Stock traders look for an edge anywhere they can, and now they’re searching for clues within the half a billion Twitter messages published every day on any subject imaginable.
One startup helping them filter all that information is DataSift, a four-year-old company started in the U.K. The company said it raised $15 million from investors including Scale Venture Partners to increase the number of analytics tools it offers customers. Northgate Capital and Daher Capital also invested in the round.
Banks have been flocking to DataSift’s subscription service, because the company is one of very few that has permission to access and resale data from Twitter’s so-called firehose, the entire bulk of postings made on the network. Since DataSift introduced a product for financial firms in September, customers have been using the software to gain insight into sentiment around companies ranging from Facebook to Research In Motion, and determine how that influences stocks or correlates with price movements, said Rob Bailey, DataSift’s chief executive officer.
“Customers across a wide range of veriticals are getting more sophisticated with what they want to do with social data,” said Bailey. “We’re ramping to keep up with demand for what we do. We’re finding ourselves being asked more and more by different customers to do more stuff with our platform.”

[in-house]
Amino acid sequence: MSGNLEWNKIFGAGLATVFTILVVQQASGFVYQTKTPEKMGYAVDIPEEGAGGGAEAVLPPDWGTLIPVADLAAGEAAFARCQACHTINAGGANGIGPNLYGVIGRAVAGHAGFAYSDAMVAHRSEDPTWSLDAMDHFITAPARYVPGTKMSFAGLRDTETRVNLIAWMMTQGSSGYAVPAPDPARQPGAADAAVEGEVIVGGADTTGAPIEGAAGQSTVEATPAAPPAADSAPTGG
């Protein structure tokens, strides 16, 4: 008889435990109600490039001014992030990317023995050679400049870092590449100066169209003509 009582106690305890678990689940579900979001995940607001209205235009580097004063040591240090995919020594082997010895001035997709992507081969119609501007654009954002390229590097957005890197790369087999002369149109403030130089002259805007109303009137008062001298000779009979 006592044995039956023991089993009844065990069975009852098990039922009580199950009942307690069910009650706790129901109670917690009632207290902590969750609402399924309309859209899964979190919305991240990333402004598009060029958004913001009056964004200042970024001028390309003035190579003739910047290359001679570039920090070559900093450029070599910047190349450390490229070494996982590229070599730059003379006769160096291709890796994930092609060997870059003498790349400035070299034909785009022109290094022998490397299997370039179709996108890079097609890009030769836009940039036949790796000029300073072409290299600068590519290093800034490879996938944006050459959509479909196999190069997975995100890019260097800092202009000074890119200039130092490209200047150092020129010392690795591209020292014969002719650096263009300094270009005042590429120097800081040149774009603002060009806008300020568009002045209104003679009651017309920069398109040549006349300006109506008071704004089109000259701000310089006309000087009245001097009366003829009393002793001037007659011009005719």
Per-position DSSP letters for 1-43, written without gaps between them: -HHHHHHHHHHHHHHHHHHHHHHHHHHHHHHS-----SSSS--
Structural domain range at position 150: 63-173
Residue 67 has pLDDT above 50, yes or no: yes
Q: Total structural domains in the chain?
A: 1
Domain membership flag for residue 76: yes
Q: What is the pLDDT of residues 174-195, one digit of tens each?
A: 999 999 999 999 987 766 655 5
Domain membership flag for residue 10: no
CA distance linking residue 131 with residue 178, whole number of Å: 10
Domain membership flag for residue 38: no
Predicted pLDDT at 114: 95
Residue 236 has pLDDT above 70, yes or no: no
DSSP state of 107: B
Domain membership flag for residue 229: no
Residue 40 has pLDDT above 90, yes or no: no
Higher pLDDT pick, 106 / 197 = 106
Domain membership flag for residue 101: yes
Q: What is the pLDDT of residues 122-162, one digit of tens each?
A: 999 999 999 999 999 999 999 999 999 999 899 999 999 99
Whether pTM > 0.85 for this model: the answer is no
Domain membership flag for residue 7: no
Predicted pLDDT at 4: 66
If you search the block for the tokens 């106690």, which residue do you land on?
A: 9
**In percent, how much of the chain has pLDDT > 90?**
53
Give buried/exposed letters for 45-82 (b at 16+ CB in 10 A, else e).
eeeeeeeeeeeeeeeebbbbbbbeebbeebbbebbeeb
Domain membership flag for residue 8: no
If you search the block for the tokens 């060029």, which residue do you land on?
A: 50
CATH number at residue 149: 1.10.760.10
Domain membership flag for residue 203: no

With the new capital, the company plans to hire engineers and develop technology that allows clients to send information from their internal social networks to DataSift so it can be filtered just like public data from Twitter, Facebook and blogs.
Bailey said the company isn’t at liberty to offer names of financial services customers, because they tend to be secretive about their strategies. DataSift also works with business intelligence firms and social media marketing companies. Subscriptions range from $3,000 to $15,000 per month, according to the company’s website.
DataSift has 60 employees in four cities: San Francisco, Chicago, New York and Reading, England. Bailey expects headcount to about double in the next 18 months as the company expands its technology to deal with more data sources. Rory O’Driscoll, a managing director at Foster City, California-based Scale, is joining DataSift’s board of directors. O’Driscoll is also an investor in online collaboration service Box and e-mail marketing provider ExactTarget.
DataSift’s relationship with Twitter predates its inception. Nick Halstead, who founded DataSift, created a Retweet button for his TweetMeme website. DataSift has been working to diversify its information sources and provide a more comprehensive view of discussions across the Web. Less than half of its data now comes from Twitter, with the rest from Facebook, blogs and forums.
DataSift isn’t alone in mining Twitter and other social-media sites for valuable data. Gnip and Topsy Labs are the other two companies certified by Twitter to resell data. About 10 other companies are certified to use data to help companies analyze information and communicate with customers. Dataminr, which provides analytics to the U.S. government and financial industry, raised $13 million in September.